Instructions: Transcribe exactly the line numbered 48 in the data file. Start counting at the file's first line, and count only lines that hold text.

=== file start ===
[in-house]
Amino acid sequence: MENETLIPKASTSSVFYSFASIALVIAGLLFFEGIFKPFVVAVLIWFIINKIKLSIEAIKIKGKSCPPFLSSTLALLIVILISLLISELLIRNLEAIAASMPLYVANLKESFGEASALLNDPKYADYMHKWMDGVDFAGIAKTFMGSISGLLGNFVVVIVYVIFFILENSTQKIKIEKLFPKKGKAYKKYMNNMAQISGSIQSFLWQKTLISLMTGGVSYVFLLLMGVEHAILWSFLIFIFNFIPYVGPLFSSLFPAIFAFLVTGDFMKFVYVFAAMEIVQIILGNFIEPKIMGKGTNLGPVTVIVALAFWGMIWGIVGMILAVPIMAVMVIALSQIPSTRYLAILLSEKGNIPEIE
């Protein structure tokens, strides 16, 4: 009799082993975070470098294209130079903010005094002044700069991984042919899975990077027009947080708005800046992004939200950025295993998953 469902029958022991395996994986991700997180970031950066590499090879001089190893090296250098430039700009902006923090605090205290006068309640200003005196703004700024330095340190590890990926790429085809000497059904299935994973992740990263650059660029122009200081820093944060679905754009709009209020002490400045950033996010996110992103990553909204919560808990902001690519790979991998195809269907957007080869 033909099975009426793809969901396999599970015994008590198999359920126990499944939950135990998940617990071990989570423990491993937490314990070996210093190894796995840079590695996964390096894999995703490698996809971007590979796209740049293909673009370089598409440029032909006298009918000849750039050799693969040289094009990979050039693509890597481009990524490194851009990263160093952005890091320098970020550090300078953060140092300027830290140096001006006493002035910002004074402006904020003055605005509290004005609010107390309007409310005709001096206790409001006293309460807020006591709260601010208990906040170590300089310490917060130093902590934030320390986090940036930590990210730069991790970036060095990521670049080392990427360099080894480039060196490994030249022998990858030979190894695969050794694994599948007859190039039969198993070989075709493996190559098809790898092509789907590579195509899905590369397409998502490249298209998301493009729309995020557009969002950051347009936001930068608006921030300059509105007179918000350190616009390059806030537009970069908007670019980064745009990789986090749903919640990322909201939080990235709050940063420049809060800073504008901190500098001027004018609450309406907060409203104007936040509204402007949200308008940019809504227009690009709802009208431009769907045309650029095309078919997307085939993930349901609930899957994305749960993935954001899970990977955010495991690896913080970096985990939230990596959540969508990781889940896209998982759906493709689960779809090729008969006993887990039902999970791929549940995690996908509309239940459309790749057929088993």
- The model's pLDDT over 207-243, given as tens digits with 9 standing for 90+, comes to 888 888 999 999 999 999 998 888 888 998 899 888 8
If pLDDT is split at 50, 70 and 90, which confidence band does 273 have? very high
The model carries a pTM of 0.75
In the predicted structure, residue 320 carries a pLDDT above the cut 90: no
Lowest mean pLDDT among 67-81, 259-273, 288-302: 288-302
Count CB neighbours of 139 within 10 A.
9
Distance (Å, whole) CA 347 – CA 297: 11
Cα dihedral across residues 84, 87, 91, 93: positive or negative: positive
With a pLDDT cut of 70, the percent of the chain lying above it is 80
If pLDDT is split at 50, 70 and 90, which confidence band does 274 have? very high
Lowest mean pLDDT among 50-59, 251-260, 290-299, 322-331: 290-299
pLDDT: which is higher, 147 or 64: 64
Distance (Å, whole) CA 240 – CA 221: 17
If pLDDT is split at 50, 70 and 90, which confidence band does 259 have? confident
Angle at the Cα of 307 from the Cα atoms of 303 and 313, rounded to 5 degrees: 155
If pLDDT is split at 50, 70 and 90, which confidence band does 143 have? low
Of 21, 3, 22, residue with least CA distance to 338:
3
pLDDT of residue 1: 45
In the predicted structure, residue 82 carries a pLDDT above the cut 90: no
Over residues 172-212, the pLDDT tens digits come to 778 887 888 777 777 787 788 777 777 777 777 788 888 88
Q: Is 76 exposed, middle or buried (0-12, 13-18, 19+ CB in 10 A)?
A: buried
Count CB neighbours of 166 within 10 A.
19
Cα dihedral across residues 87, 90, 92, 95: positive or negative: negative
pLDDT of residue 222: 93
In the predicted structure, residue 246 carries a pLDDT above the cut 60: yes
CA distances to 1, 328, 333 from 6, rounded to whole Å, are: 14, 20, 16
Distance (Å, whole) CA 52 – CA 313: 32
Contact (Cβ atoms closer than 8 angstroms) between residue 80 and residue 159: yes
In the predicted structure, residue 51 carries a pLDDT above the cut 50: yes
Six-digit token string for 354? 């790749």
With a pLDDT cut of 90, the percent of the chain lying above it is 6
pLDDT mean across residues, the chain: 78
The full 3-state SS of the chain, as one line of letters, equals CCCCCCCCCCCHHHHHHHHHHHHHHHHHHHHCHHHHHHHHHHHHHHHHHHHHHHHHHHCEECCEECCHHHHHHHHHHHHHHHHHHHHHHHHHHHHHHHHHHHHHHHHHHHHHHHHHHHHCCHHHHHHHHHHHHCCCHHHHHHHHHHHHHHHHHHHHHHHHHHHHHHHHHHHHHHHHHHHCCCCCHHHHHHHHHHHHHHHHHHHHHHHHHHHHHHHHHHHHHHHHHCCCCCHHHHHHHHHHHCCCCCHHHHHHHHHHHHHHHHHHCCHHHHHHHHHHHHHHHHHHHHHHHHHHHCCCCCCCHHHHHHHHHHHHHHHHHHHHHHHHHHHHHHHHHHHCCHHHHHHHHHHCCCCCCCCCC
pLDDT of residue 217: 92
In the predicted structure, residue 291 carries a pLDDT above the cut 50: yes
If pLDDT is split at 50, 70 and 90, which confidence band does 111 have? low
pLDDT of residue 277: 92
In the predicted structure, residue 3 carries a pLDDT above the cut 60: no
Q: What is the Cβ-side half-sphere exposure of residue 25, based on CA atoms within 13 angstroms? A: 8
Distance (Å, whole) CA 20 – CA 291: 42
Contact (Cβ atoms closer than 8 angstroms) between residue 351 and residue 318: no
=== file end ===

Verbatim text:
Contact (Cβ atoms closer than 8 angstroms) between residue 351 and residue 318: no